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Different analysts have different views on stocks, even if they lean towards bullishness. But when it comes to Canadian stocks - especially the big, iconic ones that attract international attention - Canadian analysts tend to be more enthusiastic than their non-Canadian counterparts.

In some cases, a lot more: The difference in target prices is nothing short of startling, and certainly raises the question of whether investors should be siding with the home team or the visitors.

We examined five Canadian stocks that are followed widely outside Canada, drawing from a variety of sectors. Our selection: Research In Motion Ltd. , Tim Hortons Inc., Barrick Gold Corp. , Magna International Inc. and Thomson Reuters .

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In every case, Canadian analysts (or at least Canadian-based brokerages) were more bullish - and in most cases, the differences were not trivial.

"I don't think there's any doubt that Canadian analysts tend to favour Canadian stocks," said Ian Nakamoto, director of research at MacDougall MacDougall & MacTier.

Research In Motion Ltd., the BlackBerry maker and by far the biggest name among Canadian technology stocks, offers a clear example. The stock has suffered recently because of concerns about how the company will fare in an increasingly competitive market for wireless handsets.

However, concerns are highest among non-Canadian analysts. This group has an average 12-month price target of $59.13 (U.S.), which is well above the stock's current price in New York. However, Canadian analysts look as though they are sizing up a completely different company: Their average price target is $85.36, or an amazing 44 per cent higher than the non-Canadians.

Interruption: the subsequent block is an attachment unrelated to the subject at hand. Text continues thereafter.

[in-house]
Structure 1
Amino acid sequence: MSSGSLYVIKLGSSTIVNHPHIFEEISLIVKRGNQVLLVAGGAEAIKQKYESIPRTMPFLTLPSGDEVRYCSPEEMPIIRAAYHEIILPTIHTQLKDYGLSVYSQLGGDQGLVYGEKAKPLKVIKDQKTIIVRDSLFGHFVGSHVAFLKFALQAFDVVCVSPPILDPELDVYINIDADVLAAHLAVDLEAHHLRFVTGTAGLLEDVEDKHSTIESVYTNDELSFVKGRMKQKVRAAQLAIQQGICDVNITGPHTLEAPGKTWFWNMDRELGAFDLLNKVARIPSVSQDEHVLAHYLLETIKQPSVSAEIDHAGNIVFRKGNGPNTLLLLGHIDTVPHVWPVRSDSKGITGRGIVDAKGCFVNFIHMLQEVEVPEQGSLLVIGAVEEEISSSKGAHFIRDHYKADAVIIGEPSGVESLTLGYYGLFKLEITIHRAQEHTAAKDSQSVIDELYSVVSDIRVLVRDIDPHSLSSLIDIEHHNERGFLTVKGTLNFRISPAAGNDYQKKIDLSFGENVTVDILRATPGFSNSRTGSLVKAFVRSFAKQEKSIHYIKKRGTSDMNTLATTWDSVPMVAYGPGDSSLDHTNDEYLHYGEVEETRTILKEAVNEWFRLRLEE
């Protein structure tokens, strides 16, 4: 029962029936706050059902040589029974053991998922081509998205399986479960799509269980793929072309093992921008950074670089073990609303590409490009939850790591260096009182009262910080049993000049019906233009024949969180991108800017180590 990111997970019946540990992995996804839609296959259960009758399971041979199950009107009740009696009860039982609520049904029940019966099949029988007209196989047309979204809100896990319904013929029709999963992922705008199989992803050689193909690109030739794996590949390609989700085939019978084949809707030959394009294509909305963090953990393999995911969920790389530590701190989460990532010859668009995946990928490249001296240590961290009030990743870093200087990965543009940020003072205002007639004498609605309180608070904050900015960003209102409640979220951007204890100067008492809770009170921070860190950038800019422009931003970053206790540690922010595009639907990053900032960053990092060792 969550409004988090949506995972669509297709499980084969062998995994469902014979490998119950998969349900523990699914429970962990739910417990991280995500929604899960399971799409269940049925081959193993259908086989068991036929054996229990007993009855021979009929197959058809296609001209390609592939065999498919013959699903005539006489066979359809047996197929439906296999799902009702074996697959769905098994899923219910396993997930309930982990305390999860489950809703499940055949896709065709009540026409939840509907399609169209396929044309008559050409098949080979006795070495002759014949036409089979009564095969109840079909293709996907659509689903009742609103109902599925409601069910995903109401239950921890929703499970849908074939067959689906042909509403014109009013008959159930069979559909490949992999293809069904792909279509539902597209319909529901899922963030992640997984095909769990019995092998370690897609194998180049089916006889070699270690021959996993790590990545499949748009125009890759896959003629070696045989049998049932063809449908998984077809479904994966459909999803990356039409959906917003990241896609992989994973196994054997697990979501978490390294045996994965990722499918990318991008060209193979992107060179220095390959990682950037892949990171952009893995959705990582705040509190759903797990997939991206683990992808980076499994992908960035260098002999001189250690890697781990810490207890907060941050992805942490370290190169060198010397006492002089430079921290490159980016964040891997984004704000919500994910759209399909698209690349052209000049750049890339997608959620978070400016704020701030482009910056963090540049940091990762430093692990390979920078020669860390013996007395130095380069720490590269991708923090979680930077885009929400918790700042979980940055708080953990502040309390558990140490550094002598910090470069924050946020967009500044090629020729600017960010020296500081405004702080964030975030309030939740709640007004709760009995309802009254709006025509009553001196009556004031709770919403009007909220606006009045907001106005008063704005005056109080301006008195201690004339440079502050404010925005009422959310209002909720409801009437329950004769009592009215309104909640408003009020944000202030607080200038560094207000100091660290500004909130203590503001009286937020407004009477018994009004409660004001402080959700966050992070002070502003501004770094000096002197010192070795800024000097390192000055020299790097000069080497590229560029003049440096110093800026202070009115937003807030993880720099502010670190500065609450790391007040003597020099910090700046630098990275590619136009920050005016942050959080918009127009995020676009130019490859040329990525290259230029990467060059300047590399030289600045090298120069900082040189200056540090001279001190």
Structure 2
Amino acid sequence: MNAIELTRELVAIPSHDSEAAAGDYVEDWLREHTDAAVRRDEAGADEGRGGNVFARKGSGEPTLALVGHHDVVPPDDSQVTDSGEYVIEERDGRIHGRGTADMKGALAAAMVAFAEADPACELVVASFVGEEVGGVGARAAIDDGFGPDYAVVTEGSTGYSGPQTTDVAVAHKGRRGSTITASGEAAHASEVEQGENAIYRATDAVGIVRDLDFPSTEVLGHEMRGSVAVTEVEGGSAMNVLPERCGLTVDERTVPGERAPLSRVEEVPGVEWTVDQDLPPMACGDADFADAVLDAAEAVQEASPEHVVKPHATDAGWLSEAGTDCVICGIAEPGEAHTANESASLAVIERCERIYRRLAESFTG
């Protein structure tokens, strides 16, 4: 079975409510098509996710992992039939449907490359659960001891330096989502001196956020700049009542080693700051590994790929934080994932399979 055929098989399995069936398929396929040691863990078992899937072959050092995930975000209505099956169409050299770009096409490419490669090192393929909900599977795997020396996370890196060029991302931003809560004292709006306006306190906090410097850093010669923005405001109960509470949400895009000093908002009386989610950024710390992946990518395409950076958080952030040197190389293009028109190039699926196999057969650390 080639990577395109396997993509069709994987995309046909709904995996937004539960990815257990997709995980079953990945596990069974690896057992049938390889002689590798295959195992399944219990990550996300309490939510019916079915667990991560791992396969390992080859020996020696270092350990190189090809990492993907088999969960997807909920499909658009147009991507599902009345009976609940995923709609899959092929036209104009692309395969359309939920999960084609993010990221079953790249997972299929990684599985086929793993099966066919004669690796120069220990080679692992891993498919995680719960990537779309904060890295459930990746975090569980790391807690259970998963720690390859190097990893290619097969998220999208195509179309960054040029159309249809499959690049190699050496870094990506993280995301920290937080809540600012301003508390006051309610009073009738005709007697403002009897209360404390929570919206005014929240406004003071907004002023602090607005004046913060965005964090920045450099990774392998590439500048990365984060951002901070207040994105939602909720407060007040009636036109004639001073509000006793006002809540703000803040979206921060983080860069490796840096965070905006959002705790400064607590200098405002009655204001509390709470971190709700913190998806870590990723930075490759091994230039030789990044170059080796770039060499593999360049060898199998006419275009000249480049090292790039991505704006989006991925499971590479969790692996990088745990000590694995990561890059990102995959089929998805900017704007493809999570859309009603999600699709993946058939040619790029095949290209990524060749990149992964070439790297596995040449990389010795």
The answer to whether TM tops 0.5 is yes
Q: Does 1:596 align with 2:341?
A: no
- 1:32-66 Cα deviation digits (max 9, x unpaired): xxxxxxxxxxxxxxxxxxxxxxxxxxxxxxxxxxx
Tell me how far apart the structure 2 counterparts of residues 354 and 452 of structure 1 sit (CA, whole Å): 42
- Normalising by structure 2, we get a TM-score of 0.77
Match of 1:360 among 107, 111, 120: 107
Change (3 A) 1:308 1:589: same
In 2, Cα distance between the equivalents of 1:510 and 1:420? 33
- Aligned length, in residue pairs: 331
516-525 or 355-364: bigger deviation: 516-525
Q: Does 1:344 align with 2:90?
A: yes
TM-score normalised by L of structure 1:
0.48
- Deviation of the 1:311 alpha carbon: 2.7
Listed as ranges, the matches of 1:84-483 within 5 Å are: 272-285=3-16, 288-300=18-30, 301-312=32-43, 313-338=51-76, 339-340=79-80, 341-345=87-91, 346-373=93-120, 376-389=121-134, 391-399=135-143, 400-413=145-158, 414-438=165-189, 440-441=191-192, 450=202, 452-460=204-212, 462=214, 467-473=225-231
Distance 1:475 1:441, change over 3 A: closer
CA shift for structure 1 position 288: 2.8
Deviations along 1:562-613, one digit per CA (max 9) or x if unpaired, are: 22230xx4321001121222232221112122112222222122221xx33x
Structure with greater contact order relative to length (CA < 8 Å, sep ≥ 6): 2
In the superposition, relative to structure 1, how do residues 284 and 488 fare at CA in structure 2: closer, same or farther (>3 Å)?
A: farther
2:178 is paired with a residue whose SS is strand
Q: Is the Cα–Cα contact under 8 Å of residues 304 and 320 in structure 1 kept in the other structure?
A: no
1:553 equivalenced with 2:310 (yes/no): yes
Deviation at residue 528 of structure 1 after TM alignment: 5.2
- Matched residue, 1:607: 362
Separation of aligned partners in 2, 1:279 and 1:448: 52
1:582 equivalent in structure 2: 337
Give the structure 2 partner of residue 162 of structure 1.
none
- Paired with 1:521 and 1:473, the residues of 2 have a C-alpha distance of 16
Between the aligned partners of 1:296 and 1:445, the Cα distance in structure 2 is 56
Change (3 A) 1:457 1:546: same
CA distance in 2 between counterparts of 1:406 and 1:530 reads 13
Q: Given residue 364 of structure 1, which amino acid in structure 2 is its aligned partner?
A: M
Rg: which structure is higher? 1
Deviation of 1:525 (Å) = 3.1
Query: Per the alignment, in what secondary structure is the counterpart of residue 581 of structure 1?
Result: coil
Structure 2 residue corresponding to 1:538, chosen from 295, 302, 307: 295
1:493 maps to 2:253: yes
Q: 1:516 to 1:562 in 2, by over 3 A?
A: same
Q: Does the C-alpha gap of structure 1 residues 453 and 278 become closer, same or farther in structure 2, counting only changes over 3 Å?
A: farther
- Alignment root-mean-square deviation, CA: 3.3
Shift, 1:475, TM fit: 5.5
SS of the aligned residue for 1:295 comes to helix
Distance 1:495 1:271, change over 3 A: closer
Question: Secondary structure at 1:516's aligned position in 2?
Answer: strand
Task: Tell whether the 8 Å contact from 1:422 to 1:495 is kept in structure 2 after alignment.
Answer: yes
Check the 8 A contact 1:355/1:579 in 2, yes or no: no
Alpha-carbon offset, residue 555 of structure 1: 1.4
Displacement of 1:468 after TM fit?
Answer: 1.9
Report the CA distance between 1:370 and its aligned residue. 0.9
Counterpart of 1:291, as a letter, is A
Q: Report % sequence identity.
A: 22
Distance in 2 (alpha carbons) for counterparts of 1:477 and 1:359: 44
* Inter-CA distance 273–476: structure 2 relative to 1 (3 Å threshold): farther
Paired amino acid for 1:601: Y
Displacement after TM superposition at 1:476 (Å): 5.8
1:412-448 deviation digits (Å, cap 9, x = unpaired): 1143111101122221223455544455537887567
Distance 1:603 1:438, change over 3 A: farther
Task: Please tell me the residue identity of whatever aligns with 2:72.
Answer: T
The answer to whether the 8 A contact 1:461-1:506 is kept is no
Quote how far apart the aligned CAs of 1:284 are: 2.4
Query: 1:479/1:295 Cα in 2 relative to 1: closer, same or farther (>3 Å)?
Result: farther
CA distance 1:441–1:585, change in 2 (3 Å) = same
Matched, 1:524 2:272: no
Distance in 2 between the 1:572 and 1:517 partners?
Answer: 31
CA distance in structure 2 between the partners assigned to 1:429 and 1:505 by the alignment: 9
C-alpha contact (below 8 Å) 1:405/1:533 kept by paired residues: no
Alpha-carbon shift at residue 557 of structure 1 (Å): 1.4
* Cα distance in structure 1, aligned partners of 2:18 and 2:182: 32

Admittedly, this is an extreme example. But it isn't the only one. In the case of Magna, Canadian analysts have an average target price of $106 on the auto parts manufacturer. That's more than 20 per cent higher than the target price from non-Canadian analysts.

For Thomson-Reuters, Canadian analysts are 18 per cent more bullish. For Barrick Gold, they are nearly 13 per cent more bullish. And for Tim Hortons, Canadians are about 5 per cent more bullish.

This isn't nationalism at work. Instead, it is more likely due to the fact that Canadian analysts tend to have fewer companies - and fewer marquee names - from which to make their top stock picks because they tend to be more focused on Canadian companies. Here, RIM is the name in tech and Magna is the name in auto parts. Therefore, the stocks get more attention.

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On the other hand, non-Canadian analysts have a bigger universe and can afford to be pickier. Here, being Canadian means nothing at all.

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About the Author
Investing Reporter

David Berman has been writing about business and investing since 1995. He has written for a number of magazines, including Canadian Business and MoneySense. He worked at the Financial Post as an investing writer and daily columnist before moving to the Globe and Mail in 2008. More

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